A. " ... can take the top off of any coverage."
B. " ... will force teams to play cover-2 against us."
C. " ... is two years ahead of Nate (Washington) when Nate was a rookie."
D. " ... is just fast."
"He's probably the fastest guy I ever covered," said seventh-year Steelers cornerback Ike Taylor.
Taylor is fast himself. He said he was clocked on the radar gun at 26 miles per hour this summer. And to everyone who's watched Wallace run past Steelers cornerbacks this camp, Taylor adds this:
"Ain't nobody gets past me. I ain't worrying about him."
Taylor says that he, Wallace and Troy Polamalu are the fastest players on the team, and that the fastest receivers in the league are "Steve Smith, (Randy) Moss, and probably Chad Johnson," and that Wallace has better pure speed than any of them.
"Hands down, he's the fastest," Taylor said of the third-round draft pick out of Ole Miss.
"But he ain't got no technique. He runs like he's on the playground. He's just fast."
How raw is too raw? How much technique does he have to learn?
"He just has to learn how to control his body," Taylor said. "He'd be unstoppable if he learns how to control his body. You have to look the same on every route. With him, you can kind of tell when he's running a short route and when he's going long. When you can't tell, that's when your speed is really effective. When I can see what route you're going to run, I'm not worrying about you."
Taylor said Wallace will help the Steelers right away because, "He can take the top off of any coverage."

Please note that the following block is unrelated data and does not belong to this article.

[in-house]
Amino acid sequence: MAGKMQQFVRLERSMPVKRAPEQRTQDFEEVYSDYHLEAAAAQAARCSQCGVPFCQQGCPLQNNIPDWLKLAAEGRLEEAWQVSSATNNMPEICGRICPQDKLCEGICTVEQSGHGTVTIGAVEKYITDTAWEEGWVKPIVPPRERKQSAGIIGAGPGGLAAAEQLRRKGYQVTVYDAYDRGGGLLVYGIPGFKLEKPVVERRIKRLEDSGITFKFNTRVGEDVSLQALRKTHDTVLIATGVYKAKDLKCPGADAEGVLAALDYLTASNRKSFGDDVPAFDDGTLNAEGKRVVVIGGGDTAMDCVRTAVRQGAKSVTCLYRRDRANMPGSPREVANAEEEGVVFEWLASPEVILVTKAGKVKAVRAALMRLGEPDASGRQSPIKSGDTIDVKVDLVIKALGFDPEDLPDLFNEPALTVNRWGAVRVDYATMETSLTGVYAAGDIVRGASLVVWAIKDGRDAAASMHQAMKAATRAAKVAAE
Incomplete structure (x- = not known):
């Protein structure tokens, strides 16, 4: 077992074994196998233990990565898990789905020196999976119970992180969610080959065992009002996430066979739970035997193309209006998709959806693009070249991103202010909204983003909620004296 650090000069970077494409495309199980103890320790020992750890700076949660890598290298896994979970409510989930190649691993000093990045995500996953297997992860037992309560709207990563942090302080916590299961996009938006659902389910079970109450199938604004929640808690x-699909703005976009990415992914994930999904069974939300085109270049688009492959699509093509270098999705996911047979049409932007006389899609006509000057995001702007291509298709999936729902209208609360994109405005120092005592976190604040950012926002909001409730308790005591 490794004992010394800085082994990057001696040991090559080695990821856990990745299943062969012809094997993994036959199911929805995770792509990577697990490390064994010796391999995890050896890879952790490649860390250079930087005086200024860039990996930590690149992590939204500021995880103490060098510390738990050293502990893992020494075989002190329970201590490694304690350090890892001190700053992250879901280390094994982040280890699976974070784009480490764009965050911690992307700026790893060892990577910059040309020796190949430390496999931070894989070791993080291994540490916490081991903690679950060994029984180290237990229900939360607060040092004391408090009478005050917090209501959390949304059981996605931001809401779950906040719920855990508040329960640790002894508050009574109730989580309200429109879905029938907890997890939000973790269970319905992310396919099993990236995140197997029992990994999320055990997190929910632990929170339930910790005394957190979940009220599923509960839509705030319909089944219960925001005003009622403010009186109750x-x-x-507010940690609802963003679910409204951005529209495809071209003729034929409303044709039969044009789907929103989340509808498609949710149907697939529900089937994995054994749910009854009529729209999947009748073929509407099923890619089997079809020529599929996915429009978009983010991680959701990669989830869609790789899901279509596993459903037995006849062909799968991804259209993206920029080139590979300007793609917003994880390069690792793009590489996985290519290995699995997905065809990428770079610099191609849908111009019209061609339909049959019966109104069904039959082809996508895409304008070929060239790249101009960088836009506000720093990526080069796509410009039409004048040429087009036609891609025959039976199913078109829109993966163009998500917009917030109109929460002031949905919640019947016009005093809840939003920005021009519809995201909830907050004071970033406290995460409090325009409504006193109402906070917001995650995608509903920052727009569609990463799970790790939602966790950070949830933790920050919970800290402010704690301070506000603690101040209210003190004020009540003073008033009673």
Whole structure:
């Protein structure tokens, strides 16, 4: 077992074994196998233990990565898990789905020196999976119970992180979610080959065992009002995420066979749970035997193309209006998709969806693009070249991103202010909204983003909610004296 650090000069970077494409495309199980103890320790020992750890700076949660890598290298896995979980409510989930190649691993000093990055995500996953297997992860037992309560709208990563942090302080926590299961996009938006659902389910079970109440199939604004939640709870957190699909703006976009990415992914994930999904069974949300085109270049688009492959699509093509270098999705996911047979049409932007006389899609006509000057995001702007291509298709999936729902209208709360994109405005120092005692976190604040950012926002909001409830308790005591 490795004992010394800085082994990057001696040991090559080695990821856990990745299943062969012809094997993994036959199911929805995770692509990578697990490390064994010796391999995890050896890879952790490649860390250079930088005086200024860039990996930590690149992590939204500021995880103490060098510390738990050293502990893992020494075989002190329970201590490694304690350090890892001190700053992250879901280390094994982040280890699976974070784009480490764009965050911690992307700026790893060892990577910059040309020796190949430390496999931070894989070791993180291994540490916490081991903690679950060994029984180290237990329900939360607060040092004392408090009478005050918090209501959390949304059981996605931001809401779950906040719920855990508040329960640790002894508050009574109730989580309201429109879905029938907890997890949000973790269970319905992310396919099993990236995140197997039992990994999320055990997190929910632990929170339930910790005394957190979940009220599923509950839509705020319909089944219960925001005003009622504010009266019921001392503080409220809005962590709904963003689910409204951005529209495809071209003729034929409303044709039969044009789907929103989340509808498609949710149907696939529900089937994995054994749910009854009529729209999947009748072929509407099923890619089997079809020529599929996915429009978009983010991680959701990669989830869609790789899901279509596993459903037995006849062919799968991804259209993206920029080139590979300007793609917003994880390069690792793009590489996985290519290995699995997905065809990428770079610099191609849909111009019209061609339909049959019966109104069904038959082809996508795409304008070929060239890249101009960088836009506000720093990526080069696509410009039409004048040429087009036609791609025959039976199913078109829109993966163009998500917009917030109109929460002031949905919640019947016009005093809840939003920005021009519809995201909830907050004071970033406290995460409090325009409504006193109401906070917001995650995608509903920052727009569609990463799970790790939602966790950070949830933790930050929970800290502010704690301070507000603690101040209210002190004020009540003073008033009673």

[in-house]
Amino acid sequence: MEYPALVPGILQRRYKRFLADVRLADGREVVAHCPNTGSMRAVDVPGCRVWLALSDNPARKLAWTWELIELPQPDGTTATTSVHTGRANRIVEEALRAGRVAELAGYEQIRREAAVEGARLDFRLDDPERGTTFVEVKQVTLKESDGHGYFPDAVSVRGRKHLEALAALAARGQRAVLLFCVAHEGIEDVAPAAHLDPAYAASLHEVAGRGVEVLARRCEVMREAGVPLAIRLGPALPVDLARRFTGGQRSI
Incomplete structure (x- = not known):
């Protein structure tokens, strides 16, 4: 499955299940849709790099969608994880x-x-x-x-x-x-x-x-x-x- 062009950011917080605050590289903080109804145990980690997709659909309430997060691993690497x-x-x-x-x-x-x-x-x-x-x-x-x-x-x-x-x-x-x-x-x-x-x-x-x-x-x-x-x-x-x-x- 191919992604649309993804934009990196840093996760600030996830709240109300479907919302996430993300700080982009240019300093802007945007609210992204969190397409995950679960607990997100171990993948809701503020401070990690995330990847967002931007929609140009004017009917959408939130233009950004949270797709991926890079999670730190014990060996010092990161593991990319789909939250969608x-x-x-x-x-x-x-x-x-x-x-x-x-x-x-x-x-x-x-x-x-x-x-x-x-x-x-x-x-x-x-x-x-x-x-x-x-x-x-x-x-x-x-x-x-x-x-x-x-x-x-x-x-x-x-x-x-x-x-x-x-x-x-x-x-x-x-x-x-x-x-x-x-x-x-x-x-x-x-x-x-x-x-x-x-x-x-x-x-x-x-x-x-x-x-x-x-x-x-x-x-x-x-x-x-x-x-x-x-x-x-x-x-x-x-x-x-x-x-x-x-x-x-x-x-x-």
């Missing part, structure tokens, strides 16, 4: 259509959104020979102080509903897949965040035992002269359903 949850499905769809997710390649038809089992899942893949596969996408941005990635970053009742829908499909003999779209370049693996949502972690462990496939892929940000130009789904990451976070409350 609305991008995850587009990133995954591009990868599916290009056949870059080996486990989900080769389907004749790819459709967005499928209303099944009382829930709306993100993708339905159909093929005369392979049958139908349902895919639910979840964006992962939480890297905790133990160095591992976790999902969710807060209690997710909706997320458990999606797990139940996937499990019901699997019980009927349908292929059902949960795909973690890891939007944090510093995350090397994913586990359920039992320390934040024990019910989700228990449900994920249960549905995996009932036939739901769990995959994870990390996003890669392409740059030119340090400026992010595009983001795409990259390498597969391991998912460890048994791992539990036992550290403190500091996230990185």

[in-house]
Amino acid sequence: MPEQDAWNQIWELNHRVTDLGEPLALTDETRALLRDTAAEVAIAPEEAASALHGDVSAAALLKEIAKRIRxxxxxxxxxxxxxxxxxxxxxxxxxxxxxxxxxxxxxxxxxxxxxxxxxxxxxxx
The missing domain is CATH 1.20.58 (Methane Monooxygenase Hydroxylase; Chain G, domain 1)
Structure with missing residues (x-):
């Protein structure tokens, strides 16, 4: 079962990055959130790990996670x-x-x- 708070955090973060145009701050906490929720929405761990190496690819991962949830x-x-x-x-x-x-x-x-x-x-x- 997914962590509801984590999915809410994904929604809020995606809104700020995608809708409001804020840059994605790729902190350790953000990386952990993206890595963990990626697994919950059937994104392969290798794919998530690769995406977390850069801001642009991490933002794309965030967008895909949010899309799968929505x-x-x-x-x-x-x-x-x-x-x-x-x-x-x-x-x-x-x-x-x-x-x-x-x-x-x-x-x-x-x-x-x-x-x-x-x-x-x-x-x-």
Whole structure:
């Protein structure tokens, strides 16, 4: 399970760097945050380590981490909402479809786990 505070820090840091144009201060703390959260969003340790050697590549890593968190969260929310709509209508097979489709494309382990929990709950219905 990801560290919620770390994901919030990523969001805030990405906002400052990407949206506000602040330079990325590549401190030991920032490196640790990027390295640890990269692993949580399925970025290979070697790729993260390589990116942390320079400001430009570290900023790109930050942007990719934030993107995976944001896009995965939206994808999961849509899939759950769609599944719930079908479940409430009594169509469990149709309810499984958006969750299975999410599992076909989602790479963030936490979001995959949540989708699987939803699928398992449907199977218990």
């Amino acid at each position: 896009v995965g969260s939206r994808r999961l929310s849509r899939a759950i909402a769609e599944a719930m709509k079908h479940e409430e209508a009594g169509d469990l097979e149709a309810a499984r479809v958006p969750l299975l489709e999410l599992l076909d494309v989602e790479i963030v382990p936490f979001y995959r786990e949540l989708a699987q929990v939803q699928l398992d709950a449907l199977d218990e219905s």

As for how long it will take Wallace to learn technique, Taylor said: "I don't know. That's on him."
"Normally it takes two years to look fast when you're not really running fast," said offensive coordinator Bruce Arians. "When they come in, they want to run so fast that their body's out of control sometimes. It takes a little time to really learn how to play at seventh-eighths speed rather than full speed when you're a real fast guy. But you can still play. You can still play very effectively as you learn."
That's what Wallace has been doing this camp. He's run past the corners and safeties all week, but sore-armed starter Ben Roethlisberger and the backups haven't been able to deliver him the ball. Many of the camp interceptions, in fact, have come on underthrown deep balls to Wallace. Still, he's been a revelation to an offense that lost Washington and needed to find a second deep threat to pair with Santonio Holmes.
"He'll force teams to play cover-2 against us," said Hines Ward.
"If you can put two deep threats on the outside," explained Arians, "you stretch the field so much for the two inside guys. When you have people like Nate and Santonio, and now Mike, and Limas (Sweed), too, it just opens everything up for Hines and Heath (Miller). It's hard to double double, and then single those two guys. And, of course, you also need the depth. When one goes down, it's always good to have another threat come in, and Mike has that capability. He's probably two years ahead of Nate when Nate was a rookie. He still has a long way to go, but he can get deep and he can catch it."
So, the raw rookie really can help the Steelers win now?
"For sure. Right away," Arians said. "I think back to Nate's first catches and they were in the AFC Championship Game at Denver. I think this kid can just go out, on the outside, and threaten people. When you have that speed, they have to respect it."